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Title: The development of relations between Russia and the European Union
Author: Vaillancourt, Luc Jean Joseph
ISNI:       0000 0001 3541 7138
Awarding Body: University of London
Current Institution: University College London (University of London)
Date of Award: 1995
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Russians overwhelmingly see themselves as part of Europe, yet appreciate their Asian connection; there is a continuation of the 'Great Debate' between Westemizers and Slavophiles. Decades of official acrimony towards the EC were followed by acceptance of West European integration, if it did not involve Russia's isolation. After a period of rapprochement with Europe, a feeling of betrayal has recently grown in Russia. Nevertheless, the trend is for ever closer links with the West. From the EU's perspective. Member States' conflicting views on the New Europe hinder a united approach to solutions. The EU has gained a very strong position with the collapse of the CMEA. The EU-Russia Partnership Agreement shows that vested interests of EU producers often prevail, yet useful structures for political dialogue were nonetheless created, and the prospect of a common free trade area is momentous. The need for a new security structure is unlikely to be satisfied by NATO's Partnership for Peace, but the EU has failed to lead European calls for a WEU or CSCE-based security framework. The inheritance of the command economy has damaged foreign trade and investment conditions. Despite the transformation of the economy, much needs to be done to improve investment conditions for foreigners as well as for potential exporters - fiscal, export and property legislation must become workable, and the need to make a profit must be respected. Nonetheless, foreign investment projects are growing fast. The energy and aeronautics industries are used as case studies of the new possibilities for foreign investors and Russian exporters. Having long been aimed at restricting Russian economic growth, statecraft has become an instrument of growth. The EU's assistance is particularly beneficial as it is non-reimbursable and aims at long-term change through training, yet TACIS could be improved by better management, smaller projects and lower wages. Overall, Western investment in Russian stability should increase.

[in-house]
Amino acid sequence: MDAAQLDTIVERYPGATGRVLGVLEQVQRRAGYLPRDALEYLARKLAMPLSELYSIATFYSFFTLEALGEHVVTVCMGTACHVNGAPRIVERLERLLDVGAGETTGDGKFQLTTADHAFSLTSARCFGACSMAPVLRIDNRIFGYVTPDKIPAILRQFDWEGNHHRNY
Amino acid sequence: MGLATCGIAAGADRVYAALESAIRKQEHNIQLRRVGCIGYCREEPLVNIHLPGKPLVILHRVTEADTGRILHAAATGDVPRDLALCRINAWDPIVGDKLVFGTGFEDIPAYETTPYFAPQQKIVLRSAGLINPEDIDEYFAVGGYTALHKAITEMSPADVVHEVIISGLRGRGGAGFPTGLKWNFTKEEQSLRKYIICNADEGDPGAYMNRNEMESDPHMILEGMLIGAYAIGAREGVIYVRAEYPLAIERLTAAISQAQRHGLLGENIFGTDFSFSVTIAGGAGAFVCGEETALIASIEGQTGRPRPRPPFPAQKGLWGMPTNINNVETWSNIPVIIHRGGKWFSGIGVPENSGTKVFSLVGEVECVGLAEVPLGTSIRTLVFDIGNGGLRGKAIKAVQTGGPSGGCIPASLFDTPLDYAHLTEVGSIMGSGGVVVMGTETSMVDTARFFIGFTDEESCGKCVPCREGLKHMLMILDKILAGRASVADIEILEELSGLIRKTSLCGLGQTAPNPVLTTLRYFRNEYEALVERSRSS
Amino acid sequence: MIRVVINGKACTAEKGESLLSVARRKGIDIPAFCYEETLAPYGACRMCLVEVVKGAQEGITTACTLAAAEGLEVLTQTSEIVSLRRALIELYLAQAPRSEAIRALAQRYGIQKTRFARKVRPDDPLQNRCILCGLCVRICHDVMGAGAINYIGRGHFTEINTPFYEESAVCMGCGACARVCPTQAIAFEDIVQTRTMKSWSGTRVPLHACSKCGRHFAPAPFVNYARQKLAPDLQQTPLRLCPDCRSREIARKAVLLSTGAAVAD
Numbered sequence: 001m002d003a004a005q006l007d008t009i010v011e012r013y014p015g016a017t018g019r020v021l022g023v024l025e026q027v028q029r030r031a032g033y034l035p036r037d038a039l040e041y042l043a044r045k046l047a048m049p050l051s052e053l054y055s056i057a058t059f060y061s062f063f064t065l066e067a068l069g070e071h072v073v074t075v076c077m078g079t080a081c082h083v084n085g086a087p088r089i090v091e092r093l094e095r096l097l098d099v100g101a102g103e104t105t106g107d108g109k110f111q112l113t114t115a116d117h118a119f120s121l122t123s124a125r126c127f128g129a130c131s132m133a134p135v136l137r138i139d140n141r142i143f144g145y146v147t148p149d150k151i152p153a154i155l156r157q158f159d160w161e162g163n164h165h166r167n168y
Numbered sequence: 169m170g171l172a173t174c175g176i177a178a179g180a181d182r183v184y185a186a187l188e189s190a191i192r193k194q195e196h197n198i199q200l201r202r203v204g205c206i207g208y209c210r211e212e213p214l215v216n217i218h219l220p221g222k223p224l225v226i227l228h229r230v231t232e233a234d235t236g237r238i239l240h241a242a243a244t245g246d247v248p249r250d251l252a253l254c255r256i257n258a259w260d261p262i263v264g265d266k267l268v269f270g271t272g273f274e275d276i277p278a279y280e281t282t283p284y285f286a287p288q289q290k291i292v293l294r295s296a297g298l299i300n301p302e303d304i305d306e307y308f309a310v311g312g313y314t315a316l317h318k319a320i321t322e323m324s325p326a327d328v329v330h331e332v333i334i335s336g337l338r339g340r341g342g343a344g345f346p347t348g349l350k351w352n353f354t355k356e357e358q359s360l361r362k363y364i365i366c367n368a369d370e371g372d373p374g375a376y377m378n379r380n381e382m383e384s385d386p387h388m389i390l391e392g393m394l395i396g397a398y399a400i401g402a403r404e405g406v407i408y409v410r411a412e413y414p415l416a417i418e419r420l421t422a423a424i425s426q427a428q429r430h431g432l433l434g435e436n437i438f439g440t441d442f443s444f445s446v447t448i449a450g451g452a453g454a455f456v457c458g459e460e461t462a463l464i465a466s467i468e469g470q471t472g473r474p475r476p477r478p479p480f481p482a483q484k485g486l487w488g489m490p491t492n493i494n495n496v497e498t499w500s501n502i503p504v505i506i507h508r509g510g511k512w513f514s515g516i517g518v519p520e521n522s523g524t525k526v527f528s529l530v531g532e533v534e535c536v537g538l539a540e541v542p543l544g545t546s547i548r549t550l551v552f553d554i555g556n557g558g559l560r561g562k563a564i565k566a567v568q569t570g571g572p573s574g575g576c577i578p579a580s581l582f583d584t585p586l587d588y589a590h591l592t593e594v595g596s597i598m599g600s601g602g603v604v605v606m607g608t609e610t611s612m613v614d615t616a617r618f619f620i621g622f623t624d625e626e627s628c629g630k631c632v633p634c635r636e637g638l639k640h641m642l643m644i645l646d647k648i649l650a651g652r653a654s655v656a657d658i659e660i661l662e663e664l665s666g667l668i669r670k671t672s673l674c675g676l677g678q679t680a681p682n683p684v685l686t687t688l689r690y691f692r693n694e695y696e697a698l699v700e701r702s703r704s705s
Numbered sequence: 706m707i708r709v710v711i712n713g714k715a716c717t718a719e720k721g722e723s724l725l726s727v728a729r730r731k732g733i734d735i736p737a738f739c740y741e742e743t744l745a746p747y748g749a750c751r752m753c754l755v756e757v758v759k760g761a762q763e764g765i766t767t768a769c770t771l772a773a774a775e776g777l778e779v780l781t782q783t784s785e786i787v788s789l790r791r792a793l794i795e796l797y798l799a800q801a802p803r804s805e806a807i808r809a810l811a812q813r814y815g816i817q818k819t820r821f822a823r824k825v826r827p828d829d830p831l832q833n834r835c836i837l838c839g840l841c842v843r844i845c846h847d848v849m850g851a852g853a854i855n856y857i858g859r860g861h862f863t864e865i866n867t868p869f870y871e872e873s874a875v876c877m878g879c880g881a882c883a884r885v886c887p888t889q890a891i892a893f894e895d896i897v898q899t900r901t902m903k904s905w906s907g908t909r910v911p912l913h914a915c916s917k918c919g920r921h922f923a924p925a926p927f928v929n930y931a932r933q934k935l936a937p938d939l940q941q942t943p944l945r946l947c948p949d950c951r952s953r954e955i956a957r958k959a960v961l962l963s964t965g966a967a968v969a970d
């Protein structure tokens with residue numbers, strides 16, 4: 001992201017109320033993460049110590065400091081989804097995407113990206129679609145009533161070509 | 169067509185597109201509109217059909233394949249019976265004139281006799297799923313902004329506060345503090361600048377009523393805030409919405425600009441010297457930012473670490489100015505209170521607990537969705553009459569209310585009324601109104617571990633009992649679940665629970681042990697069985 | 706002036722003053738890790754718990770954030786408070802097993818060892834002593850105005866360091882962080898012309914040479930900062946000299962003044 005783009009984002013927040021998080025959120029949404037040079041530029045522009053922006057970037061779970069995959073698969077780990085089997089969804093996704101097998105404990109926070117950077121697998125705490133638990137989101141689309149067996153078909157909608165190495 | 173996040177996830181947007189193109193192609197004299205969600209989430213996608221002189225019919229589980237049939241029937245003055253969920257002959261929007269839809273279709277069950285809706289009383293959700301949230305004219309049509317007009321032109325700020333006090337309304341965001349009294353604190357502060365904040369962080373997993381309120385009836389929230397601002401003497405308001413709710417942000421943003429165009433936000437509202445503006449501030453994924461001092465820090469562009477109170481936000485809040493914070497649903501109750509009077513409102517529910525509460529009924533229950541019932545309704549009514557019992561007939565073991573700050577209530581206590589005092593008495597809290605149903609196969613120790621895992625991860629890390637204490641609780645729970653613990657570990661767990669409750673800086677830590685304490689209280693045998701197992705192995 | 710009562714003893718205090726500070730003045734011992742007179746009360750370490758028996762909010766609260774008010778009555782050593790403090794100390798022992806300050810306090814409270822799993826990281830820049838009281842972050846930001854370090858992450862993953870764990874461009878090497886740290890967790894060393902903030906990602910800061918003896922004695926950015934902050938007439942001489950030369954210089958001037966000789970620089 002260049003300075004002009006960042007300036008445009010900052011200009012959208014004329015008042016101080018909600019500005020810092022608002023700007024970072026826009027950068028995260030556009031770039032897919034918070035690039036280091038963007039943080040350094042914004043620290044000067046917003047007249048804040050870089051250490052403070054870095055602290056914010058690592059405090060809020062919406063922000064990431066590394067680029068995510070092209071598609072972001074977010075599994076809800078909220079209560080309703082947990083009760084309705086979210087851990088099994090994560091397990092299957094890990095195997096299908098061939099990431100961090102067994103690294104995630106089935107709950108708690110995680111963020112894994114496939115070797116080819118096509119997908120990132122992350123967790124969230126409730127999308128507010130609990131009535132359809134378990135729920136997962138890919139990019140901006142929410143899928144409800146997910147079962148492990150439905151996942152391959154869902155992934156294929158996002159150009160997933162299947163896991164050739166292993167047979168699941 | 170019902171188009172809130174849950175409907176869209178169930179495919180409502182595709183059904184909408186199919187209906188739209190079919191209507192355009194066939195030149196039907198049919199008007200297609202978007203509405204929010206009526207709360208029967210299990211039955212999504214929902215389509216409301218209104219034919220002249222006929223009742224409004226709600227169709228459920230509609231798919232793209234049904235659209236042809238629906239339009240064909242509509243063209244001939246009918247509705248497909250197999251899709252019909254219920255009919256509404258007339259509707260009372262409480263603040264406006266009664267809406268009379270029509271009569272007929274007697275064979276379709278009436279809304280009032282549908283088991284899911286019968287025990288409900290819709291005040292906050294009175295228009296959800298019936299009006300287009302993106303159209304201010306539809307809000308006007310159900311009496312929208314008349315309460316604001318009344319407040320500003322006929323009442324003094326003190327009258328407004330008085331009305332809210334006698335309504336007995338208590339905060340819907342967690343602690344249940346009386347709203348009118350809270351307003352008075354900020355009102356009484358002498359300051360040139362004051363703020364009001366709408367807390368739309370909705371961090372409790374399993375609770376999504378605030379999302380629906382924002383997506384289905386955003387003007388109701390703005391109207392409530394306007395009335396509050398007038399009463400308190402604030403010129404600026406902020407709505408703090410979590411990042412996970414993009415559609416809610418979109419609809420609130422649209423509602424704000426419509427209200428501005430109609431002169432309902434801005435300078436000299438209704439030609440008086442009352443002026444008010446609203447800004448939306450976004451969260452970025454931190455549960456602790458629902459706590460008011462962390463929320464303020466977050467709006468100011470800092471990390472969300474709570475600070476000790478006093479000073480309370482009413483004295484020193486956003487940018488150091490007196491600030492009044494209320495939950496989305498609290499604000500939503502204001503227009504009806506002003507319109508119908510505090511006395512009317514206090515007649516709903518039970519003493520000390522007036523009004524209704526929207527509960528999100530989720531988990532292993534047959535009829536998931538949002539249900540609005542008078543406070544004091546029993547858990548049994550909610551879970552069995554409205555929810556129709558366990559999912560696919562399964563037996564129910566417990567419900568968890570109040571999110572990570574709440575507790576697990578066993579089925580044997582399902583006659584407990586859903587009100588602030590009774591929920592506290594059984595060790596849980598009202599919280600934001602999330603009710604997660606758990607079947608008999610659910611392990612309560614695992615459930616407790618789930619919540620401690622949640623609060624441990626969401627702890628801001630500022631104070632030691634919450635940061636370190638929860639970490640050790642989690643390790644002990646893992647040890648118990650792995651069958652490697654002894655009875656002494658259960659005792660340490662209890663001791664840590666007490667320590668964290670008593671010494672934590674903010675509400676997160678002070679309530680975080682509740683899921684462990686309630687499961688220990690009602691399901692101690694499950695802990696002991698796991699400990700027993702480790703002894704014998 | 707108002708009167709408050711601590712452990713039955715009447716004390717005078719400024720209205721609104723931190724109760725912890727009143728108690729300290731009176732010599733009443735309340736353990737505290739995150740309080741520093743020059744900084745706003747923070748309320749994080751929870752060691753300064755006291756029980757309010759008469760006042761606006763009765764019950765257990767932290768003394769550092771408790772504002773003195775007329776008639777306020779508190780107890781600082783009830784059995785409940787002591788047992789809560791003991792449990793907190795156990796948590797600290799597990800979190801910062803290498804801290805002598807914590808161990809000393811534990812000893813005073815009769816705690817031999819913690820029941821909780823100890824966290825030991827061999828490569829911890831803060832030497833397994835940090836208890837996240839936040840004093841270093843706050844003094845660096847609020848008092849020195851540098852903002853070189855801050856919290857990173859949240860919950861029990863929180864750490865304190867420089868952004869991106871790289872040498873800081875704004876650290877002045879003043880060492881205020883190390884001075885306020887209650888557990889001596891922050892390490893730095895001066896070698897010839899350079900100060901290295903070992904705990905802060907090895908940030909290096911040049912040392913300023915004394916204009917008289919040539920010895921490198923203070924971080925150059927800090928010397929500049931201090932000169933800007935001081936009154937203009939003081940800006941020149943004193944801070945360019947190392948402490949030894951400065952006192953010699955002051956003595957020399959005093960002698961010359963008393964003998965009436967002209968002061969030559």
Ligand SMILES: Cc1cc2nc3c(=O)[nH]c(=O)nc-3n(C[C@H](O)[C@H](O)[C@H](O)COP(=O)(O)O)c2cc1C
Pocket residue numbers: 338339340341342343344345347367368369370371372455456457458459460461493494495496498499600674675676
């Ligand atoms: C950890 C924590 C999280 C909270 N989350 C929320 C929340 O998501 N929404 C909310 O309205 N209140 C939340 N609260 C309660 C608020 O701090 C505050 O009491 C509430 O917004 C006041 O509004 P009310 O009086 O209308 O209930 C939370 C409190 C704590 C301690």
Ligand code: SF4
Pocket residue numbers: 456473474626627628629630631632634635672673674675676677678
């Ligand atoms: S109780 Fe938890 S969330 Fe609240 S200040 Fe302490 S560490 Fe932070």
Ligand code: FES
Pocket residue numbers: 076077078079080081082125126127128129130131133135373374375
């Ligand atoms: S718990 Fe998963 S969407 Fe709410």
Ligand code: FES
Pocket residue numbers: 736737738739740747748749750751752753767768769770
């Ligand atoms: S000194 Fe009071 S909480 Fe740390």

Supervisor: Not available Sponsor: Not available
Qualification Name: Thesis (Ph.D.) Qualification Level: Doctoral
EThOS ID:  DOI: Not available
Keywords: Political science